It would seem that the footballers right to privacy, which is a qualified right under Article 8 of the European Convention on Human Rights:

“Article 8 – Right to respect for private and family life

1. Everyone has the right to respect for his private and family life, his home and his correspondence.

2. There shall be no interference by a public authority with the exercise of this right except such as is in accordance with the law and is necessary in a democratic society in the interests of national security, public safety or the economic well-being of the country, for the prevention of disorder or crime, for the protection of health or morals, or for the protection of the rights and freedoms of others.”

In my opinion, this provides the right for the footballer “CTB” to have privacy. The only qualification which may apply here, the protection of other peoples rights, and their freedom of speech is set out in Article 10 of the ECHR:

Article 10 – Freedom of expression

1. Everyone has the right to freedom of expression. This right shall include freedom to hold opinions and to receive and impart information and ideas without interference by public authority and regardless of frontiers. This article shall not prevent States from requiring the licensing of broadcasting, television or cinema enterprises.

2. The exercise of these freedoms, since it carries with it duties and responsibilities, may be subject to such formalities, conditions, restrictions or penalties as are prescribed by law and are necessary in a democratic society, in the interests of national security, territorial integrity or public safety, for the prevention of disorder or crime, for the protection of health or morals, for the protection of the reputation or rights of others, for preventing the disclosure of information received in confidence, or for maintaining the authority and impartiality of the judiciary.”

For me, revealing the private life of a footballer, who is of little significance to public life and  does not trade on their “family” image is a clear breach of their right to privacy.

John Hemming made the announcement in the House of Commons, where there is not right of appeal, or right to be heard in your own defense against claims such as this. By announcing it in public, and allowing it to be reported in the national press, he has exposed the claims to a much wider audience. The BBC suggest that 75,000 people have named the footballer name on Twitter. Compare that to the number who will now be exposed to this information – 58 million people live in England and Wales. This takes the story to a whole new level of media hype.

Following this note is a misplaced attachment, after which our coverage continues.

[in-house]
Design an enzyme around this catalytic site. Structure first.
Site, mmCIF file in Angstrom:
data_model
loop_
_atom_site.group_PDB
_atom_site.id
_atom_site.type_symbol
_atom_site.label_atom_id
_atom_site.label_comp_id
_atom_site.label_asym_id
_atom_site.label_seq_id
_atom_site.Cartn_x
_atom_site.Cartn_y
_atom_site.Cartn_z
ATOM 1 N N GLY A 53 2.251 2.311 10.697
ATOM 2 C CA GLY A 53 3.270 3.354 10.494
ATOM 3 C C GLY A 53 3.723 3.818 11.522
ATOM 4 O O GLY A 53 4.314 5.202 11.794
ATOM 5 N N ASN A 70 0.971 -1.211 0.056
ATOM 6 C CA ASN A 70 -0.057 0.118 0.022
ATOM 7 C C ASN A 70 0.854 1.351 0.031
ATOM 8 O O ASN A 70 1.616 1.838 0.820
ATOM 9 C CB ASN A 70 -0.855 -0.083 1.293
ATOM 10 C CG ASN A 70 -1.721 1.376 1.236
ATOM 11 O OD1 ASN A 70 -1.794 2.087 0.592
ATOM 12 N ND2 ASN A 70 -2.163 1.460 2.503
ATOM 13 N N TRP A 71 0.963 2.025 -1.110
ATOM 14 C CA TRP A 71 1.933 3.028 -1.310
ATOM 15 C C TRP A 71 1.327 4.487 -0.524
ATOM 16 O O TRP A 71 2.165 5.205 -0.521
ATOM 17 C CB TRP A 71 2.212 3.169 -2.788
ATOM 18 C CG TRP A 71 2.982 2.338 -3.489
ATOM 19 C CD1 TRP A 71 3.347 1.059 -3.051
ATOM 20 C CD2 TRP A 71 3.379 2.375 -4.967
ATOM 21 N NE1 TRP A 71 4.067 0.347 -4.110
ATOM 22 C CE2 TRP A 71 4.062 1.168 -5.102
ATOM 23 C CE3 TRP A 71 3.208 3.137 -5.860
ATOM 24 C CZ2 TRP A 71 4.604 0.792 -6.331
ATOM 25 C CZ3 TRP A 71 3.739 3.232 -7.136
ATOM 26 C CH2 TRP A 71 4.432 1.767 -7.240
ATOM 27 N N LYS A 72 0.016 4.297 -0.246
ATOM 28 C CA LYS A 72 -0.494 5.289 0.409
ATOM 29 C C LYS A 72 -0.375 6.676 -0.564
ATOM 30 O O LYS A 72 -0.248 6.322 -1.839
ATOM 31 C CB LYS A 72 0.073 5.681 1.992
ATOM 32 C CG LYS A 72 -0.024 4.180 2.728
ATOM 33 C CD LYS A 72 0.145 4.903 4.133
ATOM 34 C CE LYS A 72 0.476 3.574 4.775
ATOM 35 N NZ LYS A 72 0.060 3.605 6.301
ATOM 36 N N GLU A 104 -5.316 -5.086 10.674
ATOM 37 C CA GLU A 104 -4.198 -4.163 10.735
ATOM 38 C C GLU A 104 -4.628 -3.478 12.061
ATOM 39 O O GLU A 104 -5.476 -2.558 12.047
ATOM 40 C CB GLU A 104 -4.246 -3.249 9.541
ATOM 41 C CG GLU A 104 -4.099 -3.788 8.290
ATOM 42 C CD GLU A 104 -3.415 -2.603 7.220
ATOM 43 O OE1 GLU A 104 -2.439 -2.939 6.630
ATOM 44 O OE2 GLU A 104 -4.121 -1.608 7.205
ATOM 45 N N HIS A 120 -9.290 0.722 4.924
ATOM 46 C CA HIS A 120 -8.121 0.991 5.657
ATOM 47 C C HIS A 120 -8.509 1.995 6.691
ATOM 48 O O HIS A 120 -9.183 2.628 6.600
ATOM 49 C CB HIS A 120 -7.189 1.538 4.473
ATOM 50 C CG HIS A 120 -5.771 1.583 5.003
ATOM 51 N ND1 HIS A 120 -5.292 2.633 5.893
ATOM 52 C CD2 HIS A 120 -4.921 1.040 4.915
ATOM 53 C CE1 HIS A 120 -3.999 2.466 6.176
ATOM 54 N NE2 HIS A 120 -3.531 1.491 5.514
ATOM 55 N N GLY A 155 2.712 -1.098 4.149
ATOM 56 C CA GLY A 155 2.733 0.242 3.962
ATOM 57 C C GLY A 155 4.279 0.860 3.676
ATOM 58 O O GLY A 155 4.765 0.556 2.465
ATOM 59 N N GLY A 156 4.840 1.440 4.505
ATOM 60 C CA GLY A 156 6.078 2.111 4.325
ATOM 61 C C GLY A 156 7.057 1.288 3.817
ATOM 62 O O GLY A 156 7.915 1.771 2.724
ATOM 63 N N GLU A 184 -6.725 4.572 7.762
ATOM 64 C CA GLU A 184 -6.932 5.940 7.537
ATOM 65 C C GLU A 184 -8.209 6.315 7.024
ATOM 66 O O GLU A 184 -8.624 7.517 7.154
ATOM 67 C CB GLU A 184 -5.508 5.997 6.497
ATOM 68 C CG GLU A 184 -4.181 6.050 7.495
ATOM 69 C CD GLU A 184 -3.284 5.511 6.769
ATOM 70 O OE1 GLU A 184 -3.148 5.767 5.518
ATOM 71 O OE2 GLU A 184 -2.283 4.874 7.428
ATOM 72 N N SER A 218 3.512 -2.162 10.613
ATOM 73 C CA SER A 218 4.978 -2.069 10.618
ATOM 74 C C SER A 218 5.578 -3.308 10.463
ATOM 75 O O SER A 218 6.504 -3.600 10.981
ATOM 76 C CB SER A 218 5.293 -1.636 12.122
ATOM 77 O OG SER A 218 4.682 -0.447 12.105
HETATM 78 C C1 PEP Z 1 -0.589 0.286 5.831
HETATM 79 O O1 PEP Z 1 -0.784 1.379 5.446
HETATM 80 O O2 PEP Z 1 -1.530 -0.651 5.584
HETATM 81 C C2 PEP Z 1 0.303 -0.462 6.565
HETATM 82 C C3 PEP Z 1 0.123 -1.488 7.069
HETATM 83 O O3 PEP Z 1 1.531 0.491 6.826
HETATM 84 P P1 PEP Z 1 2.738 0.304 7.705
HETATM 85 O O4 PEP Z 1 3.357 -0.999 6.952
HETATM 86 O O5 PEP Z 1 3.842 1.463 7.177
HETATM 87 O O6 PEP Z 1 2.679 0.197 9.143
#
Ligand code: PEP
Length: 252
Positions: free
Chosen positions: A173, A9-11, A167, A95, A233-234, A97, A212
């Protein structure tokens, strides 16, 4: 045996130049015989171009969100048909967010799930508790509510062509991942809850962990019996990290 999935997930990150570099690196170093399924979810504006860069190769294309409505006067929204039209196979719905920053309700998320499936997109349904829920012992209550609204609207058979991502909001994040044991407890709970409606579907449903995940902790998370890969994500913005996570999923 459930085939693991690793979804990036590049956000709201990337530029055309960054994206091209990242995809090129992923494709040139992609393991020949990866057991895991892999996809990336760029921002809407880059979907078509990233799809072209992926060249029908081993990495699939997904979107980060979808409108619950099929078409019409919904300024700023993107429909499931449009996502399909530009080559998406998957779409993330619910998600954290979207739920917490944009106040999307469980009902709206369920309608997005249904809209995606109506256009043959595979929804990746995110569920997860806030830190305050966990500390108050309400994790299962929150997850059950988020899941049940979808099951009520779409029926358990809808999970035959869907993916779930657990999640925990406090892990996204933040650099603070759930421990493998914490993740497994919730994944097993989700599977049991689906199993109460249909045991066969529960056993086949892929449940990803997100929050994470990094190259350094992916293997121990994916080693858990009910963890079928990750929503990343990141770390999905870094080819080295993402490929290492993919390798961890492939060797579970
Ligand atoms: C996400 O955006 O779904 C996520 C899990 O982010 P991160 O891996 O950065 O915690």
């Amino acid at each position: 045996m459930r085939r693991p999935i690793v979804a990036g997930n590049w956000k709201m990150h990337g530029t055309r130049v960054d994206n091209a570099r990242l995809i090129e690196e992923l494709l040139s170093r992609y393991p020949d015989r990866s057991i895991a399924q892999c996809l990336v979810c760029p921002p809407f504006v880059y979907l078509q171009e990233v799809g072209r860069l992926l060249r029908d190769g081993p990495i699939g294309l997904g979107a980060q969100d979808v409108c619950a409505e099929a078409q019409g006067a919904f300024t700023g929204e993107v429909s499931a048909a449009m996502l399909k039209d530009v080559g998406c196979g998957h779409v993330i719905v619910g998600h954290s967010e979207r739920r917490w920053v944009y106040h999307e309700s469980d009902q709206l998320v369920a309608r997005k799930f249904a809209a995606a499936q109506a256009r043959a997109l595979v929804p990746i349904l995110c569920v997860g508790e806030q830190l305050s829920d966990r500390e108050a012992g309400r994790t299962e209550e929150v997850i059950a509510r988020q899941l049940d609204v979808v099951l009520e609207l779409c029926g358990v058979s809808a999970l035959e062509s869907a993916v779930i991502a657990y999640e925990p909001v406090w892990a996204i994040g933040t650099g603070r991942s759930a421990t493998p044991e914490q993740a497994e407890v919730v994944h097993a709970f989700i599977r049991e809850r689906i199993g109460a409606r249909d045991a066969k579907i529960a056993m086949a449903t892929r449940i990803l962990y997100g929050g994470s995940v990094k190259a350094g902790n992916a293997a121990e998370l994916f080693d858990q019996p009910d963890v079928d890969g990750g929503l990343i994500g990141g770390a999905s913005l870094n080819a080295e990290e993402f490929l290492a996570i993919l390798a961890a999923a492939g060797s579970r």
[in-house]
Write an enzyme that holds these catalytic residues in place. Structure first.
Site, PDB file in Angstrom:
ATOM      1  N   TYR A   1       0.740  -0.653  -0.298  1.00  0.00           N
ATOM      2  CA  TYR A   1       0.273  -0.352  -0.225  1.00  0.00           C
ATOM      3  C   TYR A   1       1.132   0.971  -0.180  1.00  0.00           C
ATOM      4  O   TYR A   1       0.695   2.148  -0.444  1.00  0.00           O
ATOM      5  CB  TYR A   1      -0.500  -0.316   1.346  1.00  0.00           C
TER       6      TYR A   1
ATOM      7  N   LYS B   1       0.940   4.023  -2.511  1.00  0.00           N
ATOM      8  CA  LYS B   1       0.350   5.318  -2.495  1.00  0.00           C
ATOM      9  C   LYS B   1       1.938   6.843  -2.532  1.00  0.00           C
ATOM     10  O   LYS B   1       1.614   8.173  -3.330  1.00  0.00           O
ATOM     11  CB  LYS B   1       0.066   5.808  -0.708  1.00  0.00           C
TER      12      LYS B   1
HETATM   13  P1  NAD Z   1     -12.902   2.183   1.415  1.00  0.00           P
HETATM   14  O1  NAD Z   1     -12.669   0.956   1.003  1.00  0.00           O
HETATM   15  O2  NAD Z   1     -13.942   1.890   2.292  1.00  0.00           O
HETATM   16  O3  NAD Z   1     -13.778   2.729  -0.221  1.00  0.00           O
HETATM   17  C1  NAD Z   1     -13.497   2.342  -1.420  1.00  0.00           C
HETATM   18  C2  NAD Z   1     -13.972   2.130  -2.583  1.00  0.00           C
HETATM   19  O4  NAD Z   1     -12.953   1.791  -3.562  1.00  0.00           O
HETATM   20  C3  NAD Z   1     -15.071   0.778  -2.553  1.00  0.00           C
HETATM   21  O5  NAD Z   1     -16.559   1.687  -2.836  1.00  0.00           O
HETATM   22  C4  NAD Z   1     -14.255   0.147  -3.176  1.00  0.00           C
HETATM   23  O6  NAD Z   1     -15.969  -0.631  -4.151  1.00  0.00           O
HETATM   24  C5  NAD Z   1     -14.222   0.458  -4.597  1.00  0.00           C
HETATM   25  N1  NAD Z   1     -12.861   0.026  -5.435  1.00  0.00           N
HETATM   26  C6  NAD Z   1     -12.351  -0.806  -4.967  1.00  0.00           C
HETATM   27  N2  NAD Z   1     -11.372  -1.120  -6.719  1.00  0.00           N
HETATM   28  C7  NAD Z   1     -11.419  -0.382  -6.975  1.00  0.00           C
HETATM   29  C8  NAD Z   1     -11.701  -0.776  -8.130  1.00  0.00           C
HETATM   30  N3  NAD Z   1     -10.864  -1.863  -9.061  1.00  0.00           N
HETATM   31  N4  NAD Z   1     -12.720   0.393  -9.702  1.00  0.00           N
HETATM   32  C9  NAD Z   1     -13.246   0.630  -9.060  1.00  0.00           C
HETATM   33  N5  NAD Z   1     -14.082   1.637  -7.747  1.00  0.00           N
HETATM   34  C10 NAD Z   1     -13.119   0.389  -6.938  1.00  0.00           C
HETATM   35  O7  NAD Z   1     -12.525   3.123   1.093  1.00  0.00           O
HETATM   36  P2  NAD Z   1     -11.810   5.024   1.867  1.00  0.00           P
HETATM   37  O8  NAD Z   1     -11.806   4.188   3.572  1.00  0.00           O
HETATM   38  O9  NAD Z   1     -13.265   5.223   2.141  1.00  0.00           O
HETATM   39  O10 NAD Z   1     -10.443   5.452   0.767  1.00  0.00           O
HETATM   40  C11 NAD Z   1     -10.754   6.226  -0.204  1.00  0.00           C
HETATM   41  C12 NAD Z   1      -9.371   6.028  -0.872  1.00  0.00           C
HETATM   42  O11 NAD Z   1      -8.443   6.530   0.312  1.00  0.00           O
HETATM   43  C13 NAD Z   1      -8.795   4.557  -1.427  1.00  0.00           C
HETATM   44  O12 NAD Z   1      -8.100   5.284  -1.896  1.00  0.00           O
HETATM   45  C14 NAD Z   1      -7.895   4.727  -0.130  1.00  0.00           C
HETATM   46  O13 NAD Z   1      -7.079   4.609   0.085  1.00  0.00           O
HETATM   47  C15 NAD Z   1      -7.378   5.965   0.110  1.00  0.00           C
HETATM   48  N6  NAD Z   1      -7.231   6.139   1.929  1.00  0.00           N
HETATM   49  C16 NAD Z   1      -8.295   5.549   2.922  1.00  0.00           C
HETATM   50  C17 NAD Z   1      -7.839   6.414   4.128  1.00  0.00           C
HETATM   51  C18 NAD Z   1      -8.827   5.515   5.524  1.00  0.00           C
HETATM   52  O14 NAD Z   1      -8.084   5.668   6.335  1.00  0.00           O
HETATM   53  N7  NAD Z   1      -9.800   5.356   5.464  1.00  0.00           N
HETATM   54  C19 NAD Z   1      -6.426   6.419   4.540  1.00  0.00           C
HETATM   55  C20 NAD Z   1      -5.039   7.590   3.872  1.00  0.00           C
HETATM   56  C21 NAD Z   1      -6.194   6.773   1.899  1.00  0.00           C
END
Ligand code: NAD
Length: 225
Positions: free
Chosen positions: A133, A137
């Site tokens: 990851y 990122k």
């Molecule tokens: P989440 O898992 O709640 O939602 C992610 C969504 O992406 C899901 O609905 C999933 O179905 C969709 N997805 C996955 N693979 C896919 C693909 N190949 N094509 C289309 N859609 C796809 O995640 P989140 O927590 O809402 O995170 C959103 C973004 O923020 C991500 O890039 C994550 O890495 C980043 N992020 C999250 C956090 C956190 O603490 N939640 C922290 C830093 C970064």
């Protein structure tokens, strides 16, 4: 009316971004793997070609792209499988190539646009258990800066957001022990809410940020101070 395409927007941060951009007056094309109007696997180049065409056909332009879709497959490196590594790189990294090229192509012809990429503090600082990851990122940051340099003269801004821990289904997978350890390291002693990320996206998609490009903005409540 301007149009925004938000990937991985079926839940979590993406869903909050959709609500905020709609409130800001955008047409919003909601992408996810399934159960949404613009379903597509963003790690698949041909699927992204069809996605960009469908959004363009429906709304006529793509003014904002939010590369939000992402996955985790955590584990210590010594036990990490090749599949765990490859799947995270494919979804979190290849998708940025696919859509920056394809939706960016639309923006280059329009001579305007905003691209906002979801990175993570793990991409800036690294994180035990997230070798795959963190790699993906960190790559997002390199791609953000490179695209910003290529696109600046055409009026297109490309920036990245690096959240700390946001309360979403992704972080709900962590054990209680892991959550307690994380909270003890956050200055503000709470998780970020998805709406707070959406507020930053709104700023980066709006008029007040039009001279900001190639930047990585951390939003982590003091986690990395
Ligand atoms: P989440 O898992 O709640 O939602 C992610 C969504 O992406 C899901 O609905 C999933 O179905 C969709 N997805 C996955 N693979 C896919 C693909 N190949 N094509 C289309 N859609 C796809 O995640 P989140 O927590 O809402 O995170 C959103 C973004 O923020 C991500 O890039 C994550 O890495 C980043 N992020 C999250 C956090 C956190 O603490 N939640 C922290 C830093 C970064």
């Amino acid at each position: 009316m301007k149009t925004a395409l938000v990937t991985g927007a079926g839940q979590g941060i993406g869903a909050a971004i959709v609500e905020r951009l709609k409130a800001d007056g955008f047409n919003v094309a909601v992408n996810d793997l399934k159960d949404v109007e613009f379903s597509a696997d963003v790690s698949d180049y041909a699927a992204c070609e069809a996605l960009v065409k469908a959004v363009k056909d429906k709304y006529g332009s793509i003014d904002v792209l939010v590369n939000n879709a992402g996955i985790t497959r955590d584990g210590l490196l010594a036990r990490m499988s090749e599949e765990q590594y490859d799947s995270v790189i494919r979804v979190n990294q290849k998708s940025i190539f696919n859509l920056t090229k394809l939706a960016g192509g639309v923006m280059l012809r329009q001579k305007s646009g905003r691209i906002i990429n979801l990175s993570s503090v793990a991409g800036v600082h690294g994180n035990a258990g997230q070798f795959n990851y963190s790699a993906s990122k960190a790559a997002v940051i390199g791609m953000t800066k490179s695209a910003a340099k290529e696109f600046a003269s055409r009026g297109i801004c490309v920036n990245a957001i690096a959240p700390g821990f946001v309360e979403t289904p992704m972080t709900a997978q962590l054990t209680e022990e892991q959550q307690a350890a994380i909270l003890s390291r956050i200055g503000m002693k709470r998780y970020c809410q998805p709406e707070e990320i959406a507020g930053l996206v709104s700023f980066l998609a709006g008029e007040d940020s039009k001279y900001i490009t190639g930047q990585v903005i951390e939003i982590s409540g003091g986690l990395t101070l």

The High Court has again rejected an application to have the injunction lifted. Mr Justice Eady said that:

“[The Court’s duty] remains to try and protect the claimant, and particularly his family, from intrusion and harassment so long as it can”

In the absence of Parliaments intent being shown in an Act which enumerates a right to privacy in circumstances such as these, it is absolutely right that the High Court should seek to protect the footballer “CTB”.

Mr Hemming’s attack on the rule of law, and the principle that all obey it, shows the depths that some politicians will go to get publicity.

“Normal” people have a right to privacy.

Why do those who the media wish to pursue not have that same right that we enjoy?

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This is what the Joint Commitee on Parliamentary Privilege says about the use of parliamentary privilege:

“Freedom of speech is guaranteed by article 9 of the Bill of Rights 1689: `freedom of speech and debates or proceedings in Parliament ought not to be impeached or questioned in any court or place out of Parliament’. It is the single most important parliamentary privilege. Article 9 affords legal immunity (`ought not to be questioned’) to members for what they say or do in `proceedings in Parliament’. The immunity applies in `any court or place out of Parliament’.

This legal immunity is comprehensive and absolute. Article 9 should therefore be confined to activities justifying such a high degree of protection, and its boundaries should be clear.”

The whole report can be read here

John Hemming MP should be ashamed of himself. By flouting the intention of this previous right, he has bought himself, Parliament, and the law into disrepute.